Last year, the association reported communities were unable to collect $81 million in municipal taxes, with most of the arrears coming from energy sector companies.
The strain is exposing financial weaknesses in different pockets of Alberta, because oil and gas exploration and production has moved from conventional formations in the south to more lucrative, deeper-lying unconventional formations such as the Montney, Duvernay and oilsands in the north.
A review of the balance sheets of every rural municipality and county in the province finds a large division in the financial fortunes of Alberta’s counties in the deep south and those sitting on hot plays in the north.
The financial statements show that counties and rural municipalities in active oil and gas hotspots have accumulated large surpluses. For example, Wood Buffalo is home to the oilsands and reported a $5-billion surplus in 2018. The County of Grande Prairie, at the heart of the Montney and Duvernay formations, has a surplus of $543 million.
The 10 richest counties and rural municipal districts in the province have accumulated surpluses totalling $9.5 billion, about half as large as Alberta’s $18.1-billion Heritage Fund, which was established by former premier Peter Lougheed as the province’s long-term savings plan.
By contrast, the richest county in the province’s southeast, Cypress County, has an accumulated surplus of $244 million, only good enough for the 18th-highest reserves in the province.
“The conventional play is dying out. It’s never going to come back the way it was,” Bennett said, adding that landowners in the south are looking at ways to repurpose the unremediated land left behind by bankrupt oil and gas companies because they no longer believe the wells in those areas will be bought by new operators.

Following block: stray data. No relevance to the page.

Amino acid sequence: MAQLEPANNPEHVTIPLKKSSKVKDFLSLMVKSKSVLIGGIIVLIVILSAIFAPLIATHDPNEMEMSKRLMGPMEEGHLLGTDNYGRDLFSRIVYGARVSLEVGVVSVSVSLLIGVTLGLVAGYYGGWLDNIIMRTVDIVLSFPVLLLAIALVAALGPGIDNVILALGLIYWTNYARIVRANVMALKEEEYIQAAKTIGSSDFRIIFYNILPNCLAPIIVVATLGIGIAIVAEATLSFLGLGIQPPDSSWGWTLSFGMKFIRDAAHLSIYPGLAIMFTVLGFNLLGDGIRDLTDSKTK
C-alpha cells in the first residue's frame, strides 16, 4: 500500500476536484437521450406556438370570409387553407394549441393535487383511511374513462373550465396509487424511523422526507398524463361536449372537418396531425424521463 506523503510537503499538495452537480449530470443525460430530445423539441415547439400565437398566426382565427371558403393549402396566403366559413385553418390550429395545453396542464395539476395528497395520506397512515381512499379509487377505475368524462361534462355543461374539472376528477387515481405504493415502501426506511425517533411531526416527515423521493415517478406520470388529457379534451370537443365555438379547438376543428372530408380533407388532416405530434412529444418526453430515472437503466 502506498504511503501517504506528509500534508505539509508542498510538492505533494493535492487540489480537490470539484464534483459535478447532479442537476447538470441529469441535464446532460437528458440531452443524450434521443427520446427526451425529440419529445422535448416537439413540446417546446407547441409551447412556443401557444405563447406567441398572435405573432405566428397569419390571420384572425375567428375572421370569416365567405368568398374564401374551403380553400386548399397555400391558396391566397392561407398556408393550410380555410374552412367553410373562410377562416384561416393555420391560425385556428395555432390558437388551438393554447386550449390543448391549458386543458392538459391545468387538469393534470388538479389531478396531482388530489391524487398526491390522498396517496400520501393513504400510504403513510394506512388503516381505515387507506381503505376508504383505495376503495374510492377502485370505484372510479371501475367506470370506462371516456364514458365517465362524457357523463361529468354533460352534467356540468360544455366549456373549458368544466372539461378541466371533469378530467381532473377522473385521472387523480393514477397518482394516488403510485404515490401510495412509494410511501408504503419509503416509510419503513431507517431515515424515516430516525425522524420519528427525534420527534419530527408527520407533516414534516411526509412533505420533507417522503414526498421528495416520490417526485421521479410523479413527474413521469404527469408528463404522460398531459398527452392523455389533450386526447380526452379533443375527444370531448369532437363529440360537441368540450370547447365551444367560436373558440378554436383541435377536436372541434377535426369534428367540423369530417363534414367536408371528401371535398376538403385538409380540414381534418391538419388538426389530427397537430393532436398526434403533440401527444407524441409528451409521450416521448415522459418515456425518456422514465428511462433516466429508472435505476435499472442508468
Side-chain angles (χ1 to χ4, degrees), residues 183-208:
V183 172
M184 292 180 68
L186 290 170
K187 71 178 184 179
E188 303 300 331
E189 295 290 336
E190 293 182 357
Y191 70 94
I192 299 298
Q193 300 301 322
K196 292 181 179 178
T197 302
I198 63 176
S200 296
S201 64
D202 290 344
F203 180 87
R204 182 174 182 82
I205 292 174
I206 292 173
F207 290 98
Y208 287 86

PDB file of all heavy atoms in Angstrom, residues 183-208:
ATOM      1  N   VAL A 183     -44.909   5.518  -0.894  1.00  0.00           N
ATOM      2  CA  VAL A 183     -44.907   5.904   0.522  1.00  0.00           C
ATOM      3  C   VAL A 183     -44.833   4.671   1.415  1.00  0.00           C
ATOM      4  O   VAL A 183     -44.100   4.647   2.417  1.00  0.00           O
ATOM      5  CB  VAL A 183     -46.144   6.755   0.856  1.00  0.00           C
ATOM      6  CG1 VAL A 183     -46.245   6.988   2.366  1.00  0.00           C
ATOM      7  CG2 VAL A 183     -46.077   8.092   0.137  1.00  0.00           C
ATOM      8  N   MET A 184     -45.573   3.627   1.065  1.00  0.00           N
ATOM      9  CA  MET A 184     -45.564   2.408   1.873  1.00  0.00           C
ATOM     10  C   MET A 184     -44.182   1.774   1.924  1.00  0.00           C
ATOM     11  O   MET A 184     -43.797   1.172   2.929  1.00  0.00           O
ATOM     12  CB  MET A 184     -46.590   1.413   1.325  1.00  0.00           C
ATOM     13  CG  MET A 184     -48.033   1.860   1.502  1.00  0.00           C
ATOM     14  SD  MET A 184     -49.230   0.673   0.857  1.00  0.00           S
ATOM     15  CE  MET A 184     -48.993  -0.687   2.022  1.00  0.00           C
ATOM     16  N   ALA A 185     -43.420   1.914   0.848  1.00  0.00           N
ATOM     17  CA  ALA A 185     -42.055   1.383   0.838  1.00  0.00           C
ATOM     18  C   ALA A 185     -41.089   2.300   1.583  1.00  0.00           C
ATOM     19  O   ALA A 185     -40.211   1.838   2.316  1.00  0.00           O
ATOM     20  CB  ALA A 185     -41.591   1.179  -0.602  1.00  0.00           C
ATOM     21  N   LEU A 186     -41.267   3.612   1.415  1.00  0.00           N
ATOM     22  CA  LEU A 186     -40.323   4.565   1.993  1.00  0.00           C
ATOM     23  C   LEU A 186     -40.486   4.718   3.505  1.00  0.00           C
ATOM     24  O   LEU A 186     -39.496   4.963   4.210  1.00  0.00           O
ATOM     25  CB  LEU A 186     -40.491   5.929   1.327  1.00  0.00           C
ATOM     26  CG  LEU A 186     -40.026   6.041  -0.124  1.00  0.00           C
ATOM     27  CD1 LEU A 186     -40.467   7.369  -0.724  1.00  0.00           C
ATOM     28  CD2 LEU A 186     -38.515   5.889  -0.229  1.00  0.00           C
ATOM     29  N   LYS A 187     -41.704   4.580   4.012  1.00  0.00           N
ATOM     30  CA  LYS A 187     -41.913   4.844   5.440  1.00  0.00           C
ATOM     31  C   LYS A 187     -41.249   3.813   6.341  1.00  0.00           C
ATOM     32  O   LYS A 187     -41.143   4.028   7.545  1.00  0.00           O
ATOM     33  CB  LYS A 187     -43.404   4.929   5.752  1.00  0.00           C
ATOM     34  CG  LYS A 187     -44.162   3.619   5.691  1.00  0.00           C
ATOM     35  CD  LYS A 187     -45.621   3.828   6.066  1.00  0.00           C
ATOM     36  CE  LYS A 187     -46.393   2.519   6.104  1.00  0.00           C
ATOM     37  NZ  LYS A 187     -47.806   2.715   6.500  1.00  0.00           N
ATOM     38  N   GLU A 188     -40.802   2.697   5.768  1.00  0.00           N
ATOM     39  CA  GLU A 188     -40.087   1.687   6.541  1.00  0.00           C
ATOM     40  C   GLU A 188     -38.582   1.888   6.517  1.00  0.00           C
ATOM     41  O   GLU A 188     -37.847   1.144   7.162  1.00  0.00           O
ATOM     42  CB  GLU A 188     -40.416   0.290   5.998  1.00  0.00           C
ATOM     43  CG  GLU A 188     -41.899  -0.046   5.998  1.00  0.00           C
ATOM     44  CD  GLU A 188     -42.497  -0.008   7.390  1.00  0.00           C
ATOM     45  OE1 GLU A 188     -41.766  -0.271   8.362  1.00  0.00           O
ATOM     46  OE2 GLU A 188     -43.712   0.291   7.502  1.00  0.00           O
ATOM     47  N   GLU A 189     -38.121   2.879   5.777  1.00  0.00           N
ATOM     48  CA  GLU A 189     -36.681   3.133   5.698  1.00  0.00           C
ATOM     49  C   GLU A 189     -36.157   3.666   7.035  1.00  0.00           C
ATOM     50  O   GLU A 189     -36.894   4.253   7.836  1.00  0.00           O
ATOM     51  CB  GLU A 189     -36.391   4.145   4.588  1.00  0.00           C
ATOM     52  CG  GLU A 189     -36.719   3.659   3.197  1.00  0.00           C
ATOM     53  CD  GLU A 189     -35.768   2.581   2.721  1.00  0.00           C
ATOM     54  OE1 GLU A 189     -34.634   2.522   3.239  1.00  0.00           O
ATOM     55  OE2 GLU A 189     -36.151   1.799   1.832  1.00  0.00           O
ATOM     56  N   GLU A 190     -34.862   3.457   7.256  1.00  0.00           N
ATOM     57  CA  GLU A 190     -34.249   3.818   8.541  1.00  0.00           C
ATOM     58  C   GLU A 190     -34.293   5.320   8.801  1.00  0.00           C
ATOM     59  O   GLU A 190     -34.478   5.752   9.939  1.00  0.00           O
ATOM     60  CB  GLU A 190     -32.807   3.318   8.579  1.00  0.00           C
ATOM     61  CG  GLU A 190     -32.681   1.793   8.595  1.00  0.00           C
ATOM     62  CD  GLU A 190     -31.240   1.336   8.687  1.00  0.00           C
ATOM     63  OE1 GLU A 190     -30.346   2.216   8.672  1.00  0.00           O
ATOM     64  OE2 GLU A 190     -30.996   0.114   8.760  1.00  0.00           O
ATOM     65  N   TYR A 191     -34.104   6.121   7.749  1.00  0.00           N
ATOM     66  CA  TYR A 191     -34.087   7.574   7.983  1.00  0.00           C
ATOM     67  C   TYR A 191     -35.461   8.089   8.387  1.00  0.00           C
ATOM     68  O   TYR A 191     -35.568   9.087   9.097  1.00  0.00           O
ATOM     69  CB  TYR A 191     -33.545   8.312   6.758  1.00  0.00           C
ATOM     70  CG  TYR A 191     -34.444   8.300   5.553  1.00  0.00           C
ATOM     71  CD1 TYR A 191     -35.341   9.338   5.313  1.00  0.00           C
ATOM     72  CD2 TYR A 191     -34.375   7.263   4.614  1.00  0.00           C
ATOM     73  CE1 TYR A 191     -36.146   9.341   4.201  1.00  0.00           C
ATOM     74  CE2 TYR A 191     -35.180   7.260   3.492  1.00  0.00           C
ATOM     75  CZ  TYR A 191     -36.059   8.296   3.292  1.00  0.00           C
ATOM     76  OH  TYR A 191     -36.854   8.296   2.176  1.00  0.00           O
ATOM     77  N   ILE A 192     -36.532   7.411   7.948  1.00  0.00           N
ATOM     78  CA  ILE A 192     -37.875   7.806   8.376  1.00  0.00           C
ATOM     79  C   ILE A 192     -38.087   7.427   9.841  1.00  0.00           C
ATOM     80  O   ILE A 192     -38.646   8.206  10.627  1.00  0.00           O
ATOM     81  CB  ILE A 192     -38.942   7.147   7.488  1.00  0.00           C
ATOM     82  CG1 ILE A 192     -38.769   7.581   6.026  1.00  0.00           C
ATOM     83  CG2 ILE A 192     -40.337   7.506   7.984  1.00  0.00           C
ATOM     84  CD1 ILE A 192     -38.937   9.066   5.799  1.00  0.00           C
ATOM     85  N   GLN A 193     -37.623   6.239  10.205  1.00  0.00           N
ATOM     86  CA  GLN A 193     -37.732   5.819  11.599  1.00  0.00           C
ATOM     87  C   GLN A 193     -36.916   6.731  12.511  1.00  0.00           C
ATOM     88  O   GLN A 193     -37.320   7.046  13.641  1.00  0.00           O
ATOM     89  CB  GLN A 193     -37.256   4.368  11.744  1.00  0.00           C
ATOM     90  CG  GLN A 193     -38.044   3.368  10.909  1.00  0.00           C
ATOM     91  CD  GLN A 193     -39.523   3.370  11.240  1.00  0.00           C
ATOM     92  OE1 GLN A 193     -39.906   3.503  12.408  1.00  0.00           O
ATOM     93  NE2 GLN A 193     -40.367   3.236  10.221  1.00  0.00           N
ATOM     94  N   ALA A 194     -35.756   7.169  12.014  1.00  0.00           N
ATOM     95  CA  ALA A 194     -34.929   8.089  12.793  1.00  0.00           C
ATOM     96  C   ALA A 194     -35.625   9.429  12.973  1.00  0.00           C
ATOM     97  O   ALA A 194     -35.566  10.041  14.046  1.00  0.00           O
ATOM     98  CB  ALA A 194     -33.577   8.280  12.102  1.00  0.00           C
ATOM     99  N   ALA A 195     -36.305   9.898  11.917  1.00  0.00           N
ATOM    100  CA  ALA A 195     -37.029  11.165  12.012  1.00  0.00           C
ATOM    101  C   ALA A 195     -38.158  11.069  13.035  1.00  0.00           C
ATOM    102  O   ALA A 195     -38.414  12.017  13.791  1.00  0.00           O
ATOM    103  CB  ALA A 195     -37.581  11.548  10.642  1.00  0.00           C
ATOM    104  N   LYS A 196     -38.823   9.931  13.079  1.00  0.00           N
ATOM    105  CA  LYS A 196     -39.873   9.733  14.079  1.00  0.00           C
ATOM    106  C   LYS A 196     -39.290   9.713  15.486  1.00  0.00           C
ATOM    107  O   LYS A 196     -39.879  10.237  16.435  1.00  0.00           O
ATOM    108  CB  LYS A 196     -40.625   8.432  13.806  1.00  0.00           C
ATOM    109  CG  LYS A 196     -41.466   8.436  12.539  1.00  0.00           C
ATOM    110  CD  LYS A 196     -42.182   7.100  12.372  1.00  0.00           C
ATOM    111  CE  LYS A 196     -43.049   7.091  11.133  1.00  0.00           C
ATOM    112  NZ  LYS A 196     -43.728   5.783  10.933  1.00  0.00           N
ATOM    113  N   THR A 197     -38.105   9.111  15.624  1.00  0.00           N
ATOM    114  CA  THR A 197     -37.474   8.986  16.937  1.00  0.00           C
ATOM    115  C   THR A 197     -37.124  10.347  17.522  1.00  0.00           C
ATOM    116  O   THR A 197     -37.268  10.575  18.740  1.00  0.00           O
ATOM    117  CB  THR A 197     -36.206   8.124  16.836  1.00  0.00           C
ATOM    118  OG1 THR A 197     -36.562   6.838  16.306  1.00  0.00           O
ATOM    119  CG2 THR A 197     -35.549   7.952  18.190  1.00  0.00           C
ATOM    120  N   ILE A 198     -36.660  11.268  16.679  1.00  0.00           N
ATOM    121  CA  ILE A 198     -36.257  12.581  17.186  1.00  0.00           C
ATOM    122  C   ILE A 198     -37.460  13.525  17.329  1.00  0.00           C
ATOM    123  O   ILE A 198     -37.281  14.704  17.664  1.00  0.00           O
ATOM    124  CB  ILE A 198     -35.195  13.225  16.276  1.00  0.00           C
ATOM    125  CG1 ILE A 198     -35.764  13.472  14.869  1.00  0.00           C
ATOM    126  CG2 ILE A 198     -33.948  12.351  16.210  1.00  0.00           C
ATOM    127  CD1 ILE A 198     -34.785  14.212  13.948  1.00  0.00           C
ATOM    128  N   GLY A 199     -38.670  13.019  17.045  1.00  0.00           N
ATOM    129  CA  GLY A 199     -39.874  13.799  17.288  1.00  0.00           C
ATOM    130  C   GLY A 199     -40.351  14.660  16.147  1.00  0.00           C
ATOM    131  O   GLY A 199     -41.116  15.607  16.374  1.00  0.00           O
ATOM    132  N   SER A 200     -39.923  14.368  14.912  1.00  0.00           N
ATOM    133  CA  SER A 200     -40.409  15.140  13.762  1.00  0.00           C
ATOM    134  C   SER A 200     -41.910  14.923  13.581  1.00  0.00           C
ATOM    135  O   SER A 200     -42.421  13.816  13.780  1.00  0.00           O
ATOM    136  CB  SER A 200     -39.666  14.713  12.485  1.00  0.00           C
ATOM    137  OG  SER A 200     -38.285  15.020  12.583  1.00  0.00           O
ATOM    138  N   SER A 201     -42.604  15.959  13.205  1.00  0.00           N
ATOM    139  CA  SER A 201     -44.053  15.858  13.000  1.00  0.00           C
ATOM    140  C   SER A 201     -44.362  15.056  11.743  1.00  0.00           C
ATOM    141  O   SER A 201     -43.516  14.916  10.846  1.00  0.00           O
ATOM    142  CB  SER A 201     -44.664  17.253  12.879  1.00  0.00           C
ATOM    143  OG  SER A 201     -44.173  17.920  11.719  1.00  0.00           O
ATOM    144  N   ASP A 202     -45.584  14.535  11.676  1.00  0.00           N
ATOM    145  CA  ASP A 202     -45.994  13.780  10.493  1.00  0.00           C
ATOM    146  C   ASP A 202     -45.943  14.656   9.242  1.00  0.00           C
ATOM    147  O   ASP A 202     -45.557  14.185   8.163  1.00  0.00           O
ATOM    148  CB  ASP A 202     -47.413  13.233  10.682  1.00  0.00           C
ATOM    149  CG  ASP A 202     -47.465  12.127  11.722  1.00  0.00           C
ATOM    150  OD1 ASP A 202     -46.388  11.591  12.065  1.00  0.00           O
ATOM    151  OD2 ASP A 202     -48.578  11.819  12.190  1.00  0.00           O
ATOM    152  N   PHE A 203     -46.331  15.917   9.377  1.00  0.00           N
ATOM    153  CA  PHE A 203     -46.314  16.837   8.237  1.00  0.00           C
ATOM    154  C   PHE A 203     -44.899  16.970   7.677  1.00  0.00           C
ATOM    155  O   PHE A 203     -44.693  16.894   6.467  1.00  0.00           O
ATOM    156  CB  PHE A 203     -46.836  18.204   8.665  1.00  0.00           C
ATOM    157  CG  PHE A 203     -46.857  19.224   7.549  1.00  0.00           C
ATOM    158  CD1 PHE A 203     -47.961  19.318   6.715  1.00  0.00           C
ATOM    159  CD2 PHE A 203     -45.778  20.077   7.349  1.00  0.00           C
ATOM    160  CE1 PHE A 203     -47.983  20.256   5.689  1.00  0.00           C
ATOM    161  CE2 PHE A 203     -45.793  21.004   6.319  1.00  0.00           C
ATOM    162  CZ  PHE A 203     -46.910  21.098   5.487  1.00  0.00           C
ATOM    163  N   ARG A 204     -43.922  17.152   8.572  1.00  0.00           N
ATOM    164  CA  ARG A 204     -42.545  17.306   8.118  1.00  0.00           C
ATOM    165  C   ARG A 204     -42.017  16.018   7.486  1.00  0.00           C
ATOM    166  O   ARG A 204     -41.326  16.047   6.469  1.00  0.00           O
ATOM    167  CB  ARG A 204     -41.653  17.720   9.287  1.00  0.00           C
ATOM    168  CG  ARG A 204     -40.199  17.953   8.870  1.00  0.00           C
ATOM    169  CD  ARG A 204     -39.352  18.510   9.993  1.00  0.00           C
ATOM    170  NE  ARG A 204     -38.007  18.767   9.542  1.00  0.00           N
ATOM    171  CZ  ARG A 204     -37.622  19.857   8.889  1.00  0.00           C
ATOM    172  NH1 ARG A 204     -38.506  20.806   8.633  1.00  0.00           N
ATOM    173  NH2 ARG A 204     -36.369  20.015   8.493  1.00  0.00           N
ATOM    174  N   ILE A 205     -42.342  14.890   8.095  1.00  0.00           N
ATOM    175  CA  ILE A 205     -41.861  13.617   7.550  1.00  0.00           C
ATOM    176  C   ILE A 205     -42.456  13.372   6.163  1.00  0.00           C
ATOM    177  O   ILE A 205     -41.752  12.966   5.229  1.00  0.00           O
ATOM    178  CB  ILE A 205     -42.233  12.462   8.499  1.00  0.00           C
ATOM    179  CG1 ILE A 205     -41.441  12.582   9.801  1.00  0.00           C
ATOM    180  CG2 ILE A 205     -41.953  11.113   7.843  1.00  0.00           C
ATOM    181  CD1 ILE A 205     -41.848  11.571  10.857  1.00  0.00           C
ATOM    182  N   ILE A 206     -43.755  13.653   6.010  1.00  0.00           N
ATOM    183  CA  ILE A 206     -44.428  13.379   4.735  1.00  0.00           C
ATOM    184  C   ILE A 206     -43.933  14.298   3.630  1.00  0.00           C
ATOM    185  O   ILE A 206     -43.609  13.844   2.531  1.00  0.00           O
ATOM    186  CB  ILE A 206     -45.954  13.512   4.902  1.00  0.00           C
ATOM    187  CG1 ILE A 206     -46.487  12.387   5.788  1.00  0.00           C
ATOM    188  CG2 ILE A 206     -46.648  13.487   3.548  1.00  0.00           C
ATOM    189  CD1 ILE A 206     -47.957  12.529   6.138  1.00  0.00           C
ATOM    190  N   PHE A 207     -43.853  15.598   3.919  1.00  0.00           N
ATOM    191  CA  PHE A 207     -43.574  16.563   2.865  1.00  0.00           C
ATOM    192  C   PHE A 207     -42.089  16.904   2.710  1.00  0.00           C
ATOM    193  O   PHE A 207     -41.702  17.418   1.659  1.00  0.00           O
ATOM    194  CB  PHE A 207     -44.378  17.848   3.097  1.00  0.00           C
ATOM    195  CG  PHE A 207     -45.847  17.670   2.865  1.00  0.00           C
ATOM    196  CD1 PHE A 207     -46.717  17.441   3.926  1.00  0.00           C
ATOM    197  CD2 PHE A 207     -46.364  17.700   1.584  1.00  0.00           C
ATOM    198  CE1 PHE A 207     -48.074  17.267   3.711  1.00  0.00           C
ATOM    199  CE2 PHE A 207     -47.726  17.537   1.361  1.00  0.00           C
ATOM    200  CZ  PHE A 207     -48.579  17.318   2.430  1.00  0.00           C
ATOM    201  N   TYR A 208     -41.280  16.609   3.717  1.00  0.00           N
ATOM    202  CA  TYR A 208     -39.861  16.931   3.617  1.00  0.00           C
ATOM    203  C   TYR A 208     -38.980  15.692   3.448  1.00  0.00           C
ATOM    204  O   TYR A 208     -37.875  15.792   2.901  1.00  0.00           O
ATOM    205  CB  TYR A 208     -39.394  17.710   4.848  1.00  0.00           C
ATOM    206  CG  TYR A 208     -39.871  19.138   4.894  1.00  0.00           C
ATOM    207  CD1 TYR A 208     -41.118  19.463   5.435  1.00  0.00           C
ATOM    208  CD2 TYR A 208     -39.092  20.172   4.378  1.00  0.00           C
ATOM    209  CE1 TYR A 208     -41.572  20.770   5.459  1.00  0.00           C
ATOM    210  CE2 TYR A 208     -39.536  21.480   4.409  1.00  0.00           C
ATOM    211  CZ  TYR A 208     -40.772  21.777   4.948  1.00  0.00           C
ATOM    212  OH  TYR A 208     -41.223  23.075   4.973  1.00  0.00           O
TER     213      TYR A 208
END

Cypress County is home to older natural gas infrastructure around Medicine Hat, but areas in the south, which are no longer beehives of oil and gas activity, have average cash reserves of $143 million.
Some counties in the area have watched multiple bankrupt oil and gas companies such as Trident Exploration Corp. and Houston Oil & Gas Ltd. hand responsibility for cleaning up their aging wells to the Orphan Well Association, an independent non‐profit organization under the Alberta Energy Regulator.
“What it does create now more than anything is a situation where some have and some don’t have. We’re going to have to work with the provincial government on the distribution of the (municipalities grant) that we have from the province,” Kemmere said.
But as poorer counties struggle with a preponderance of orphan wells, the rich counties face a different frustration.